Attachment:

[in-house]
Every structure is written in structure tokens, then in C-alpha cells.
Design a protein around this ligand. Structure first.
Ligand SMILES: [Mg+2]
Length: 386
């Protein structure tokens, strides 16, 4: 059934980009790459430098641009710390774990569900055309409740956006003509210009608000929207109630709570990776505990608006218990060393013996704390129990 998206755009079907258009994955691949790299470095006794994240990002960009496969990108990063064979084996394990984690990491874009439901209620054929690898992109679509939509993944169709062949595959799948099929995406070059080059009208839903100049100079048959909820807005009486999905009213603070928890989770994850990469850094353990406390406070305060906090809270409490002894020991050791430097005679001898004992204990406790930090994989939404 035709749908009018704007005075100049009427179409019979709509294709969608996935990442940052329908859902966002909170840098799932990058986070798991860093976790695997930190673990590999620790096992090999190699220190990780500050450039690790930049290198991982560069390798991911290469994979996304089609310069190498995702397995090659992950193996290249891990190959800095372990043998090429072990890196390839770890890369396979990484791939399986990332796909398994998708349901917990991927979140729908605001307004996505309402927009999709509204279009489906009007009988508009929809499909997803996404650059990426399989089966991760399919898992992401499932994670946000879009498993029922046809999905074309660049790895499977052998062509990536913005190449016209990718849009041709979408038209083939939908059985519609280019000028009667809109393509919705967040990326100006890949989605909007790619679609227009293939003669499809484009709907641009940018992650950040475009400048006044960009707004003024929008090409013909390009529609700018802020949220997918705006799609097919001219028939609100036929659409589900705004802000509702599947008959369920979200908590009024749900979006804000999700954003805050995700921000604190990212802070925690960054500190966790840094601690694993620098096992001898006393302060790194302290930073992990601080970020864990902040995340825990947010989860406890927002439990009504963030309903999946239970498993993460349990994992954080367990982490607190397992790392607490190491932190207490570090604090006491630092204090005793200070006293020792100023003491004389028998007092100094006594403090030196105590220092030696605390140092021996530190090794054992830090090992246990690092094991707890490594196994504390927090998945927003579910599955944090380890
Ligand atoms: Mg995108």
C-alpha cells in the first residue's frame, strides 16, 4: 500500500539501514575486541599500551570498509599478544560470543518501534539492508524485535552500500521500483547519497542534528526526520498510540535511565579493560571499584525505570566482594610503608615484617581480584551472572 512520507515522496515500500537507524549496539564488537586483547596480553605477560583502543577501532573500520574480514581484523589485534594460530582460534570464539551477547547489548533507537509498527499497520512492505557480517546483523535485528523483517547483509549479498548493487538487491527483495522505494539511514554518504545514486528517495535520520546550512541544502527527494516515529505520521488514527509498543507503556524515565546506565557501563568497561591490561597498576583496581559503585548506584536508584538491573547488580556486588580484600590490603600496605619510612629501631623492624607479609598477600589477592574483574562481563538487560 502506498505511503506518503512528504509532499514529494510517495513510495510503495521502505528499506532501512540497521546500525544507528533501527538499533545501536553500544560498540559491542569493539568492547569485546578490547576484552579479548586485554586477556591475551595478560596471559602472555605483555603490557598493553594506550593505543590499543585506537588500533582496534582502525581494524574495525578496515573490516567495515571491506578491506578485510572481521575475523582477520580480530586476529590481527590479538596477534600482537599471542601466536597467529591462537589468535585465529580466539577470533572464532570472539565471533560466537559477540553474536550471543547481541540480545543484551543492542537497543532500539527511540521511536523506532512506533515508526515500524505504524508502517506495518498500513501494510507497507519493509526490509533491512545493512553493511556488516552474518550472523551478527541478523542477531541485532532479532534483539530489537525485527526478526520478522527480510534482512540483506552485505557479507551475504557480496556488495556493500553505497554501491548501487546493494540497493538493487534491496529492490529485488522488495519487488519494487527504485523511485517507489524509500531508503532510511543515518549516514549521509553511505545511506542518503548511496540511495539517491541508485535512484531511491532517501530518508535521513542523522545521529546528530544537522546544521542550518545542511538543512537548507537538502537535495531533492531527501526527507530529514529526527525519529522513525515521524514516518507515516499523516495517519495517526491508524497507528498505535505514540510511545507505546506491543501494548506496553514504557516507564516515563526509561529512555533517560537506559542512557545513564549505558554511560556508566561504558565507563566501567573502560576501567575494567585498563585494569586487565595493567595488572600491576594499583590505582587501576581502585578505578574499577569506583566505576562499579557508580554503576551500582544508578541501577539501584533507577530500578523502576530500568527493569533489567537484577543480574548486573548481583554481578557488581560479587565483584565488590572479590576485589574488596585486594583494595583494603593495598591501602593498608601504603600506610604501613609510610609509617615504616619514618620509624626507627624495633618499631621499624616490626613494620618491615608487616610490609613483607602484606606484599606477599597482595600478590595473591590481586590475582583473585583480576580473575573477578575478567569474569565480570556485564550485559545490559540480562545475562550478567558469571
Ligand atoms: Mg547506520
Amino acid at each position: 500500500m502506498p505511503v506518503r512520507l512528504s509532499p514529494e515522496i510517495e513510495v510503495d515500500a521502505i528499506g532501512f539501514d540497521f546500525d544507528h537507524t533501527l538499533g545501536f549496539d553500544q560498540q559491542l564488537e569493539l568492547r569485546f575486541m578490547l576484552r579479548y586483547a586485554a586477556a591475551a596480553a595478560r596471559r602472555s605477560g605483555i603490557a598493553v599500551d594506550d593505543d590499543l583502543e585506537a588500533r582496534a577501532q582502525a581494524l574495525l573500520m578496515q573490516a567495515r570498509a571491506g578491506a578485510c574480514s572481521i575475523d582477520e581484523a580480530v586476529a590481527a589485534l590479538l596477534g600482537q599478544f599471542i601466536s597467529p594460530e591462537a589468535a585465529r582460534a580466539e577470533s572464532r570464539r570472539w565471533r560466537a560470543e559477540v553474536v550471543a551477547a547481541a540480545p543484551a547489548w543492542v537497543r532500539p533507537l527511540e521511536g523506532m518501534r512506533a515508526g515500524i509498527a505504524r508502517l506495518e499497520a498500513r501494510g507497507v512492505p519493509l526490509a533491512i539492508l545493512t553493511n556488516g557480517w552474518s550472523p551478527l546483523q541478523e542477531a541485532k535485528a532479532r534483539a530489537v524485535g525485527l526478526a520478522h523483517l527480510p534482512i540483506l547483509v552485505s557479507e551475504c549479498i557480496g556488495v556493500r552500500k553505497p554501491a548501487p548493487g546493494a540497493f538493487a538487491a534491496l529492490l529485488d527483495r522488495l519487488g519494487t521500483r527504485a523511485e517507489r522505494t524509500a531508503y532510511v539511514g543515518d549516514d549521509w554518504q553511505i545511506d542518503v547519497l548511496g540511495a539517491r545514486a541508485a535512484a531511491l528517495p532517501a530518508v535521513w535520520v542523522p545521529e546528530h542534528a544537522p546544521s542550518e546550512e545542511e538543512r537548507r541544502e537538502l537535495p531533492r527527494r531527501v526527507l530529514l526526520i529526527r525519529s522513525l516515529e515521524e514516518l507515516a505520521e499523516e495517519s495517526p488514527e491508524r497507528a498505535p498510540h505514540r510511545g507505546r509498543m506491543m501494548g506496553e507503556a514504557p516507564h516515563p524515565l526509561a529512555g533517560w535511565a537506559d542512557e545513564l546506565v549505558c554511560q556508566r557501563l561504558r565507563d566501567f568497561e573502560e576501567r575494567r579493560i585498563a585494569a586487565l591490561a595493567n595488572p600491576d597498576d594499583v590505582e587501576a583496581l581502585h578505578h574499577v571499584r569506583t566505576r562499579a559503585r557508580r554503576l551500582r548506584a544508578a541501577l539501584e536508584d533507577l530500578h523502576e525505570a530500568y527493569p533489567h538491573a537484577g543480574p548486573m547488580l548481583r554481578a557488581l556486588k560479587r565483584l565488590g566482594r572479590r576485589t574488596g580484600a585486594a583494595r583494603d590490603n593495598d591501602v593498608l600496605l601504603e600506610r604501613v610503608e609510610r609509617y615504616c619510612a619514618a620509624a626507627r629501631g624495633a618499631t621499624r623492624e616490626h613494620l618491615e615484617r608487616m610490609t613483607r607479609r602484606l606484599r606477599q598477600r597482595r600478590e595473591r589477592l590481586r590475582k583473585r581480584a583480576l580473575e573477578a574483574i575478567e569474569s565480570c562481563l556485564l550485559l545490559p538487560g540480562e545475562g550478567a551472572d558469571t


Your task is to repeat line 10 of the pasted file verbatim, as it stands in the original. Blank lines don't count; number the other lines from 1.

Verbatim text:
Amino acid at each position: 500500500m502506498p505511503v506518503r512520507l512528504s509532499p514529494e515522496i510517495e513510495v510503495d515500500a521502505i528499506g532501512f539501514d540497521f546500525d544507528h537507524t533501527l538499533g545501536f549496539d553500544q560498540q559491542l564488537e569493539l568492547r569485546f575486541m578490547l576484552r579479548y586483547a586485554a586477556a591475551a596480553a595478560r596471559r602472555s605477560g605483555i603490557a598493553v599500551d594506550d593505543d590499543l583502543e585506537a588500533r582496534a577501532q582502525a581494524l574495525l573500520m578496515q573490516a567495515r570498509a571491506g578491506a578485510c574480514s572481521i575475523d582477520e581484523a580480530v586476529a590481527a589485534l590479538l596477534g600482537q599478544f599471542i601466536s597467529p594460530e591462537a589468535a585465529r582460534a580466539e577470533s572464532r570464539r570472539w565471533r560466537a560470543e559477540v553474536v550471543a551477547a547481541a540480545p543484551a547489548w543492542v537497543r532500539p533507537l527511540e521511536g523506532m518501534r512506533a515508526g515500524i509498527a505504524r508502517l506495518e499497520a498500513r501494510g507497507v512492505p519493509l526490509a533491512i539492508l545493512t553493511n556488516g557480517w552474518s550472523p551478527l546483523q541478523e542477531a541485532k535485528a532479532r534483539a530489537v524485535g525485527l526478526a520478522h523483517l527480510p534482512i540483506l547483509v552485505s557479507e551475504c549479498i557480496g556488495v556493500r552500500k553505497p554501491a548501487p548493487g546493494a540497493f538493487a538487491a534491496l529492490l529485488d527483495r522488495l519487488g519494487t521500483r527504485a523511485e517507489r522505494t524509500a531508503y532510511v539511514g543515518d549516514d549521509w554518504q553511505i545511506d542518503v547519497l548511496g540511495a539517491r545514486a541508485a535512484a531511491l528517495p532517501a530518508v535521513w535520520v542523522p545521529e546528530h542534528a544537522p546544521s542550518e546550512e545542511e538543512r537548507r541544502e537538502l537535495p531533492r527527494r531527501v526527507l530529514l526526520i529526527r525519529s522513525l516515529e515521524e514516518l507515516a505520521e499523516e495517519s495517526p488514527e491508524r497507528a498505535p498510540h505514540r510511545g507505546r509498543m506491543m501494548g506496553e507503556a514504557p516507564h516515563p524515565l526509561a529512555g533517560w535511565a537506559d542512557e545513564l546506565v549505558c554511560q556508566r557501563l561504558r565507563d566501567f568497561e573502560e576501567r575494567r579493560i585498563a585494569a586487565l591490561a595493567n595488572p600491576d597498576d594499583v590505582e587501576a583496581l581502585h578505578h574499577v571499584r569506583t566505576r562499579a559503585r557508580r554503576l551500582r548506584a544508578a541501577l539501584e536508584d533507577l530500578h523502576e525505570a530500568y527493569p533489567h538491573a537484577g543480574p548486573m547488580l548481583r554481578a557488581l556486588k560479587r565483584l565488590g566482594r572479590r576485589t574488596g580484600a585486594a583494595r583494603d590490603n593495598d591501602v593498608l600496605l601504603e600506610r604501613v610503608e609510610r609509617y615504616c619510612a619514618a620509624a626507627r629501631g624495633a618499631t621499624r623492624e616490626h613494620l618491615e615484617r608487616m610490609t613483607r607479609r602484606l606484599r606477599q598477600r597482595r600478590e595473591r589477592l590481586r590475582k583473585r581480584a583480576l580473575e573477578a574483574i575478567e569474569s565480570c562481563l556485564l550485559l545490559p538487560g540480562e545475562g550478567a551472572d558469571t